/Film has Amazing Spider-Man producer Avi Arad talking about the inevitability of more diverse superhero settings in cinema, which is interesting from a guy who recently turned down the idea of a Miles Morales-based Spider-Man movie flat.
To be fair, Amazing Spider-Man 2 cast Jamie Foxx in the role of Electro, a character who has always been white in the comics, and Arad’s upcoming Fantastic Four reboot will feature the Storms as a multi-racial family. But I’m not entirely certain how to feel about his statement, coming, as it does, so close to a response that completely shuts down the idea of a brown kid as Spider-Man and then dances around the actual reasons why with some lame excuses about being “true” to Peter Parker. The arguments for diversity in superhero film are as well established as the preconceptions that keep it from happening. Take the word of Brian Michael Bendis, creator of Miles Morales:
I don’t make a lot of appearances anymore, but I took my kids to a comics convention recently and this little African-American boy came up to me in his homemade Miles Morales Spider-Man costume, which are not available to purchase. You have to make them yourself. It was just about the cutest thing I’d ever seen in my life… Hopefully, whoever’s in charge of movie and media rights will realize that they’re sitting on a goldmine and that they should pursue it as quickly as possible. I can’t imagine why they wouldn’t. We made Miles because we wanted to make Miles, but once you make Miles, you realize it was kind of an obligation to make Miles. Y’know? It was the right thing to do.
The reason why studios are hesitant to cast women and people of color in the lead of superhero films is because of a highly pervasive notion that a general audience cannot relate to characters who are women and people of color, despite loads of hard evidence to the contrary. That’s the real reason why a production would be hesitant to cast Miles Morales in the lead of a Spider-Man movie. Arad doesn’t need to gloss over it by talking about how having two Spider-Mans would be a terrible writing decision. It’d only be as terrible as the writers wanted to make it. For heaven’s sake, we all know the story of a sidekick.
But lets look at what Arad said:
I think, one, we do have diversity, finally. Because when comics were written, late ’50s, early ’60s, the comic book universe, or for that matter the country, they didn’t know there were anybody but white people here. [Laughs] And they’re all white. We had a couple of black characters, which was in the Daily Bugle. The editor-in-chief is a black man. And we have some great stories between him and his son because the son is dealing with not knowing where he belongs, really. But I think we are finally becoming more of one world, and you’re going to see more and more diversity in the selection of characters. That will be — it’s about the actor, it’s about the audition. It’s not about saying, ‘Well, in the comic he was white, so he cannot be…’ You know, Nick Fury was white… It’s all going to change. I think sometimes we consciously look at it. We would love to have a superhero, we would love Marvel to create a superhero — We can create villains, but we’d love to have a Chinese superhero with something that is really interesting and how they got here, and what is their issue, and so on. But it’s coming. And it’s inevitable. It’s really inevitable. But it didn’t come naturally to comics in the days that no one was aware that there were actually other countries and other people.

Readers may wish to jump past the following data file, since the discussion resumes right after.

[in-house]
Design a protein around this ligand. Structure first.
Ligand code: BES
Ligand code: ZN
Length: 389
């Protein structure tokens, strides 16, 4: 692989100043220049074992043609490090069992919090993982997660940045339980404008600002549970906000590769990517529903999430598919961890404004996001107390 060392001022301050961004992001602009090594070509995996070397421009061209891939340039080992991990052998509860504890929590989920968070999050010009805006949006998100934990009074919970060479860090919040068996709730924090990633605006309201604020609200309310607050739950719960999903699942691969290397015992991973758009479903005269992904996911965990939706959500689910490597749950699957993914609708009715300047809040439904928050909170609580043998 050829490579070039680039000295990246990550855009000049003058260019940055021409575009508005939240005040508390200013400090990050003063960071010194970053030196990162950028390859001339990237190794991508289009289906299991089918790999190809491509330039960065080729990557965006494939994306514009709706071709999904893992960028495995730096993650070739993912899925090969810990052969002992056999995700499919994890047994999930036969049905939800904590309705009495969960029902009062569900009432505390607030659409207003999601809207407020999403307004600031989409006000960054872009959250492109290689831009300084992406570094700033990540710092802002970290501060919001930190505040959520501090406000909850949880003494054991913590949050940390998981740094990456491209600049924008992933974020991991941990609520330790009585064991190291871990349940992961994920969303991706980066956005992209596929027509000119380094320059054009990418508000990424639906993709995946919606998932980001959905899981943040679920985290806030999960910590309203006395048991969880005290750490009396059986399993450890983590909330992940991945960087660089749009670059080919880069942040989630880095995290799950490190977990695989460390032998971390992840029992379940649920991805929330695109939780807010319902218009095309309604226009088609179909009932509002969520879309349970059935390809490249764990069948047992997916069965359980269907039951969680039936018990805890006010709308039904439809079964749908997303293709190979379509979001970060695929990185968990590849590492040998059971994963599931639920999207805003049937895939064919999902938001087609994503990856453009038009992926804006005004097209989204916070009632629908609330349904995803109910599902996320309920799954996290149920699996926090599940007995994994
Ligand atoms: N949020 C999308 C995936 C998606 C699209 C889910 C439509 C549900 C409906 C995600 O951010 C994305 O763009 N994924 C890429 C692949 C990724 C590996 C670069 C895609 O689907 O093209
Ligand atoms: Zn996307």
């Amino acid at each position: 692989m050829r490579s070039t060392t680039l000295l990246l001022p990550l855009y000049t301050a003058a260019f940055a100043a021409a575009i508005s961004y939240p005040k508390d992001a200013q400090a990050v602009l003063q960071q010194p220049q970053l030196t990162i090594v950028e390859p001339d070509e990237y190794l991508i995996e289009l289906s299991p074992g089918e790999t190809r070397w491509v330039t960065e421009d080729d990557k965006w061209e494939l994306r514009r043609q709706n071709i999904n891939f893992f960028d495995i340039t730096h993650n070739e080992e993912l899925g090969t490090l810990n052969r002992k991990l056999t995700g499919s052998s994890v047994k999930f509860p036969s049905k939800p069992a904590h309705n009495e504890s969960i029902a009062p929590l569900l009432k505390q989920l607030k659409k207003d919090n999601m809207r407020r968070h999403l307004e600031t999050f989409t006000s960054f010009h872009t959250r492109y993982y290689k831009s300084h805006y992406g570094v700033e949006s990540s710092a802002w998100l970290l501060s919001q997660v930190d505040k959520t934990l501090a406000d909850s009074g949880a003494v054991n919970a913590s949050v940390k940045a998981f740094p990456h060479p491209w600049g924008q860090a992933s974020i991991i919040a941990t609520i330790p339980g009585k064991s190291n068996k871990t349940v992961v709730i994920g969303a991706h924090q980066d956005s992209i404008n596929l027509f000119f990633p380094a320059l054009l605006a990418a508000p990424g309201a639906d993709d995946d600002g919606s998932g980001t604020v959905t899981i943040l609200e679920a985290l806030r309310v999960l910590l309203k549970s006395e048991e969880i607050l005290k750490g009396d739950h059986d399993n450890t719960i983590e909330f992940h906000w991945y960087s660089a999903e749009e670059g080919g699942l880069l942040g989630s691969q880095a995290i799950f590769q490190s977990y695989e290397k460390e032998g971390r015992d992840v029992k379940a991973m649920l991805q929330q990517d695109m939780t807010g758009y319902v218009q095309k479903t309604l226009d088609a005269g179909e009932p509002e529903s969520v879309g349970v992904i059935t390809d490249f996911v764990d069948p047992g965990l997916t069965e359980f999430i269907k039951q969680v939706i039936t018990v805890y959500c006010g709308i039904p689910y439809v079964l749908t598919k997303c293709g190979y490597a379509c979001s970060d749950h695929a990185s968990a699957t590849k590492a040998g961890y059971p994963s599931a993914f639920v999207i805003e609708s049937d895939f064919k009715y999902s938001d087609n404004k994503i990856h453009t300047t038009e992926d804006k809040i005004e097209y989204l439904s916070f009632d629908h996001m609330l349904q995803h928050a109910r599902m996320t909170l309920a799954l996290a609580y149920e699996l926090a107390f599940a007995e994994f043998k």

I mean, there are any number small things here: Nick Fury is not a particularly strong example of racebending towards diversity, as he was black in the comics, in the same very popular alternate continuity as Miles Morales, in fact. The Fury of the Marvel Ultimate Universe was deliberately based on Samuel L. Jackson years before any whisper of Iron Man was happening, and there’s no way of knowing whether the character still would have reached movies as a black man without that direct connection to a well known actor with real cameo potential. A Chinese Marvel superhero? That’s oddly specific… why not Latino, Black, Pacific Islander or Native American (except, of course, that China is a swiftly growing market for American superhero films)? But yeah, it’s too bad that the best known Marvel superhero of Chinese descent, Jubilee, is unavailable for Sony to use due to her association with the X-Men (in whose seven movies she has yet to appear despite her longstanding relationship with their flagship protagonist, Wolverine).
I think the thing that actually bothers me about Arad’s statement is that saying that diversity in films “inevitable,” and that it’s all going to change soon or eventually glosses over all the agency he has to make those changes now. We fans, standing on the sidelines, telling Hollywood that the continued whitewashing of characters of color and lukewarm statements about female-led superhero movies will not stand; we know that diversity is “inevitable” and that the situation is changing. But if the producer of Marvel’s second longest lived film franchise has to wait for change instead of creating it, where are we expecting that change to come from? From a portal to a magical other dimension? For scientists to discover it in the Large Hadron Collider? For Stan Lee to come down from the mountain top carrying stone tablets that say “Thou shalt not for the five millionth time make up a plot reason for a cerebral villain of color to be played by a white British guy.” and “For the love of Me, put some more women in the new Star Wars.”
If you find that mountain, let me and Ari Arad know. We could really get something going here.